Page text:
This is an example of how not sowing realistic sustainable efforts into a brand strategy in a way that suits your values and capabilities can negatively impact a brand image. Making false promises on sustainability can be worse than not being sustainable at all. Greenwashing not only undermines genuine efforts towards sustainability but also has severe consequences for brand reputation and consumer engagement. Another study by Harvard Business Review (2022) on 202 publicly traded large U.S. firms found that when the number of stated green product innovation (GPI) goals outweighed the actual actions taken by these companies, customer satisfaction declined [4]. As consumer satisfaction drops, brands can expect to lose customers and sales, as demonstrated in a survey by Shift Insight (2020) with 1,002 UK consumers, where 62% of respondents indicated they would minimise or cease purchases from companies engaged in greenwashing practices [5]. While greenwashing may provide short-term benefits in attracting customers and improving sales, the long-term consequences could be devastating. Misrepresenting green products and making false environmental claims may erode consumer trust in the brand, and once trust is broken, it becomes challenging to rebuild. Moreover, consumer engagement and brand loyalty suffer, leading consumers to switch to other more trustworthy competitors.  

So how can a brand implement this vital ‘trend’ into their operations and avoid wrongful claims? To start with, it is important to view sustainable branding as an integration of environmental, as well as social and economic considerations, not just the former. Making sure that all parts of the supply chain are treated with fairness and respect, as well as balancing the economic growth of the company with that of the countries and communities within which it operates and affects are just as critical as the use of recycled packaging for example. Then, when it comes to relaying this improved strategy, transparency is a friend not foe. When companies are transparent and honest in their sustainability efforts, it effectively communicates their genuine commitment to sustainable practices to all stakeholders, fostering brand authenticity and admiration across the industry, alongside creating value for the company’s newfound consciousness. This is the case for Amazon, who according to a report by Brand Finance (2023) holds the highest sustainability perception value among all brands, amounting to US$19.9 billion, with consumers seeming confident in the company’s commitment to minimising its impact, sustaining their loyalty [6]. It is not just economic gain that can come from improved commitments to people and planet, as the combination of functional and emotional positioning in the eyes of those involved in the brand can lead to a significant shift in brand perception and foster genuine emotional connections. In a world where connections are more and more imperative to brand success, the adoption of more responsible values translated into actions are now a need to the daily function of a business, as well as long term plan to allow for any sort of competitive advantage to be achieved.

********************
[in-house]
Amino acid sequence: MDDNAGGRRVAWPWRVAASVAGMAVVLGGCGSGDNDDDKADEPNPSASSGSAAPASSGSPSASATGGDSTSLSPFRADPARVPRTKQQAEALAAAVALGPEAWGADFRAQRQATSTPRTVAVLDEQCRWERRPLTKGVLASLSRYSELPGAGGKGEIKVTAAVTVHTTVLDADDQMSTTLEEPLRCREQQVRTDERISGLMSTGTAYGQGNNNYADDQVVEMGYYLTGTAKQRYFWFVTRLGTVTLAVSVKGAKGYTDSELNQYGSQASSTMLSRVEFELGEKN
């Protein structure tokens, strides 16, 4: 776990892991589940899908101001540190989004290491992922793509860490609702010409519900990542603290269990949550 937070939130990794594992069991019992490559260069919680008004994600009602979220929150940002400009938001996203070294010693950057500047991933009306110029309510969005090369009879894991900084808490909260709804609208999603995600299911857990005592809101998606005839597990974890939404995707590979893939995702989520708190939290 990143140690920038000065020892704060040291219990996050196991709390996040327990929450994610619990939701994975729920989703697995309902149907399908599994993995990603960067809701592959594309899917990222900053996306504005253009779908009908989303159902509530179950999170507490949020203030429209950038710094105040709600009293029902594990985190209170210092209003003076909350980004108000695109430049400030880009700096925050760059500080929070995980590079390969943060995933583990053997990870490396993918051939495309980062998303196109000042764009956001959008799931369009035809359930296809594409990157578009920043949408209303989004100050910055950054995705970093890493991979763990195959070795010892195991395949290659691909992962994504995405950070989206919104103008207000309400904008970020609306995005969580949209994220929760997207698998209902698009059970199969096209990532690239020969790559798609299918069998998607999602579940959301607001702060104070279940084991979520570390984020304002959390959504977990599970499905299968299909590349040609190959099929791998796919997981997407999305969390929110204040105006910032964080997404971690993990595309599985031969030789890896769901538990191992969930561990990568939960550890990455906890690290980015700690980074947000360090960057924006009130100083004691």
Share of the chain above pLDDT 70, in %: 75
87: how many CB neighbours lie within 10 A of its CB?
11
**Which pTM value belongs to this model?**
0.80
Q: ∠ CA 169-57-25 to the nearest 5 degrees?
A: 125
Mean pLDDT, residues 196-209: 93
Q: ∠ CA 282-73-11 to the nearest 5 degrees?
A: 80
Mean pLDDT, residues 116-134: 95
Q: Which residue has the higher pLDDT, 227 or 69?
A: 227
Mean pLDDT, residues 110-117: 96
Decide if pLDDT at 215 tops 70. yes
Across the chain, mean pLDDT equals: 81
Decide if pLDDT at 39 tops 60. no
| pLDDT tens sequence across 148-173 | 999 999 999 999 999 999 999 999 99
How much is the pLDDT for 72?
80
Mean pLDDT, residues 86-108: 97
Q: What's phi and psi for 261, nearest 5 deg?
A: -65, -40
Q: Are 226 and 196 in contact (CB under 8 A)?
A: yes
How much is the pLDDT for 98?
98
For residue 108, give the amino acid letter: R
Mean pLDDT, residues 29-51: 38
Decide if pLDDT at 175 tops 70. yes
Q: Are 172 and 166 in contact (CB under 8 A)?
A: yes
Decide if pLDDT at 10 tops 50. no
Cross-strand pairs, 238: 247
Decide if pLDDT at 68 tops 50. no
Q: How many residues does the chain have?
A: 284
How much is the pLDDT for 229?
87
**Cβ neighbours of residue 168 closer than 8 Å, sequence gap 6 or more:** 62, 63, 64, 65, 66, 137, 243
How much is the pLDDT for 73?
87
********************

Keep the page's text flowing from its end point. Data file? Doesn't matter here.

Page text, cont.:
Embracing sustainable responsibility into brand operations can allow for benefits of the economic as well as emotional type. The lasting positive impact of a new strategy that permits accurate and achievable results can lead to a lasting business, in terms of brand reputation and loyal brand advocates as consumers and competitors become more attune to the growing emphasis of sustainability on purchasing decisions. This change however has to start from within and be for genuine reasons to contribute to the common good, with the advantages of an environmentally, socially and economically conscious image being a positive side effect to a conscientious sustainable policy that is embedded into the heart of the brand. 


[1] Research: Actually, Consumers Do Buy Sustainable Products ( 

[2] TANDBERG Survey - Corporate Environmental Behavior and Impact on Brand Values ( 

[3] H&M showed bogus environmental Higg Index scores for its clothing ( 

[4] How Greenwashing Affects the Bottom Line (  

[5] Shift-Sustainability-GreenLies-whitepaper-July2020.pdf ( 

[6] brand-finance-sustainability-perceptions-index-2023-full-report.pdf (